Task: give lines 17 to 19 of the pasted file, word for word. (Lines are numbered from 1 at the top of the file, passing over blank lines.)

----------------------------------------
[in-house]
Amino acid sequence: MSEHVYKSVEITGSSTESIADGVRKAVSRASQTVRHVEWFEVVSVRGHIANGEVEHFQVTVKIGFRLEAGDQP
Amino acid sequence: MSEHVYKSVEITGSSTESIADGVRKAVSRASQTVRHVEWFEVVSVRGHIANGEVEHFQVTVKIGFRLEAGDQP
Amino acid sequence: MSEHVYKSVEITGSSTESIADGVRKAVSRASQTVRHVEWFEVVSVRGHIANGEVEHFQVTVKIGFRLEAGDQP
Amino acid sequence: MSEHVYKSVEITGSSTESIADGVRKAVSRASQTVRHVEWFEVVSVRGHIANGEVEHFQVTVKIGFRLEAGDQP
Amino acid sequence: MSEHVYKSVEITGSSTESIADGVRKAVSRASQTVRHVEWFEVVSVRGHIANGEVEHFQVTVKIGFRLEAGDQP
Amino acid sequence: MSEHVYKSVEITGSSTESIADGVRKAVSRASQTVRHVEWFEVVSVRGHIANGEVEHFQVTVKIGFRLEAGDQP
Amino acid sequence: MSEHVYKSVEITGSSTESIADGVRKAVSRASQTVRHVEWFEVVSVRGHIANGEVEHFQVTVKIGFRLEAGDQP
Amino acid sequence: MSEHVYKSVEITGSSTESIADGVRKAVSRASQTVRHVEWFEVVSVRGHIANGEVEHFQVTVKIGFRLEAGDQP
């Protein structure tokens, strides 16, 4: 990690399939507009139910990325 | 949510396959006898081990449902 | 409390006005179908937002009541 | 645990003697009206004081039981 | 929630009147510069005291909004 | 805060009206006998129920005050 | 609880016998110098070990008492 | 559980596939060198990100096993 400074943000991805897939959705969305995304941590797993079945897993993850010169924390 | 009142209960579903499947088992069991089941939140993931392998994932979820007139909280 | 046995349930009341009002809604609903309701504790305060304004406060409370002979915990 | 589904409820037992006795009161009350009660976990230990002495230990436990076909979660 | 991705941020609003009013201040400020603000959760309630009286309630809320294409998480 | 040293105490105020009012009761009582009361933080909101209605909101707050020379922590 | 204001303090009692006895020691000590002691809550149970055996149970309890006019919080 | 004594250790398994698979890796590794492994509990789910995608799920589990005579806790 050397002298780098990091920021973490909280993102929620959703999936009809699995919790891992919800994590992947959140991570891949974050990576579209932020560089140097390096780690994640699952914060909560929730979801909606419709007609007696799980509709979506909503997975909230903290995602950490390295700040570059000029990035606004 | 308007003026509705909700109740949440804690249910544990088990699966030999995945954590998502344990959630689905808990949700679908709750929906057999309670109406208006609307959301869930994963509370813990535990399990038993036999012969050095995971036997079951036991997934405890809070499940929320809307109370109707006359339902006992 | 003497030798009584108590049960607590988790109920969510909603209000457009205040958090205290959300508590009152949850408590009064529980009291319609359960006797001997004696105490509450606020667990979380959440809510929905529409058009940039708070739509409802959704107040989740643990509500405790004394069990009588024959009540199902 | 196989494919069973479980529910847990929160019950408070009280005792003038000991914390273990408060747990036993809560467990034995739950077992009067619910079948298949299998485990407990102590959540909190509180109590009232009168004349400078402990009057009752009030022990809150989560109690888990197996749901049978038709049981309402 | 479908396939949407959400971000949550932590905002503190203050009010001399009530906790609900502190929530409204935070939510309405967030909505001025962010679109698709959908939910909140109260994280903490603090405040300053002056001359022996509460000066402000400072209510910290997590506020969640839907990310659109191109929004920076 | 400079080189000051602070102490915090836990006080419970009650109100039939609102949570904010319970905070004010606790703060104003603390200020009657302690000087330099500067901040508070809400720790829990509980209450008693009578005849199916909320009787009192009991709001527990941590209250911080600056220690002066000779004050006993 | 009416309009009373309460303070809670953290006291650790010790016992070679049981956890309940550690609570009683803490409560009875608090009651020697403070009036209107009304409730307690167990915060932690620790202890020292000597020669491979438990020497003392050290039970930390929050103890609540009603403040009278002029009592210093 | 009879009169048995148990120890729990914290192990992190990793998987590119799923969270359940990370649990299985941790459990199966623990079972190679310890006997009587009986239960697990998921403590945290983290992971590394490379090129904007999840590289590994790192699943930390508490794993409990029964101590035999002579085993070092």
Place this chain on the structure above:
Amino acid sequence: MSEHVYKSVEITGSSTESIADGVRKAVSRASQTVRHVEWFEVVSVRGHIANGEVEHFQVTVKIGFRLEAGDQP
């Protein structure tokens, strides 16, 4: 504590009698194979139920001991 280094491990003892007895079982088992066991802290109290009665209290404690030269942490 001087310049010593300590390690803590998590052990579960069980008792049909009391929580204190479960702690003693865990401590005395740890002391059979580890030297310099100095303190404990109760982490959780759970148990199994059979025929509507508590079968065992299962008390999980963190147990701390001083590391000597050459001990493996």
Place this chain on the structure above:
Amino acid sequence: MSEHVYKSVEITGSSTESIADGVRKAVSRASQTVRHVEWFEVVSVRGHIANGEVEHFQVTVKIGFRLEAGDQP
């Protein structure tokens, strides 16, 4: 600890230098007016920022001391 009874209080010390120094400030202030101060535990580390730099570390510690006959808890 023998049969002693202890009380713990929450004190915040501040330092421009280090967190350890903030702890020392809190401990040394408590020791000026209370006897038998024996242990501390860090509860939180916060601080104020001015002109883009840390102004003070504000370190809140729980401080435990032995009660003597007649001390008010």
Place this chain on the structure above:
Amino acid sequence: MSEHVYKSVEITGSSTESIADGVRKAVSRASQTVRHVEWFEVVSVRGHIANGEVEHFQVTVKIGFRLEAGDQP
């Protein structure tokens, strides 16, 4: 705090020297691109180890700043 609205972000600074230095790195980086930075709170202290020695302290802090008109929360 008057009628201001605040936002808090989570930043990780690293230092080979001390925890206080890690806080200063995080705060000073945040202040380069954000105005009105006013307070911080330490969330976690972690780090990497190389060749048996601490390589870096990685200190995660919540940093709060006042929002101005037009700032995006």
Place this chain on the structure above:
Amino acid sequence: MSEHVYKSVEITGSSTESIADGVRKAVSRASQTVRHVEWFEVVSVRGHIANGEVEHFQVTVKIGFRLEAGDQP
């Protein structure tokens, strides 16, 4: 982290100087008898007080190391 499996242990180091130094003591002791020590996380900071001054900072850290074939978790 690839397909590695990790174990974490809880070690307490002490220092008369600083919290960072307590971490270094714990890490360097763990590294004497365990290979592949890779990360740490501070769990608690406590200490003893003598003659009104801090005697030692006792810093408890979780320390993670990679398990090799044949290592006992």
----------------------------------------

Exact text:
Place this chain on the structure above:
Amino acid sequence: MSEHVYKSVEITGSSTESIADGVRKAVSRASQTVRHVEWFEVVSVRGHIANGEVEHFQVTVKIGFRLEAGDQP
């Protein structure tokens, strides 16, 4: 705090020297691109180890700043 609205972000600074230095790195980086930075709170202290020695302290802090008109929360 008057009628201001605040936002808090989570930043990780690293230092080979001390925890206080890690806080200063995080705060000073945040202040380069954000105005009105006013307070911080330490969330976690972690780090990497190389060749048996601490390589870096990685200190995660919540940093709060006042929002101005037009700032995006």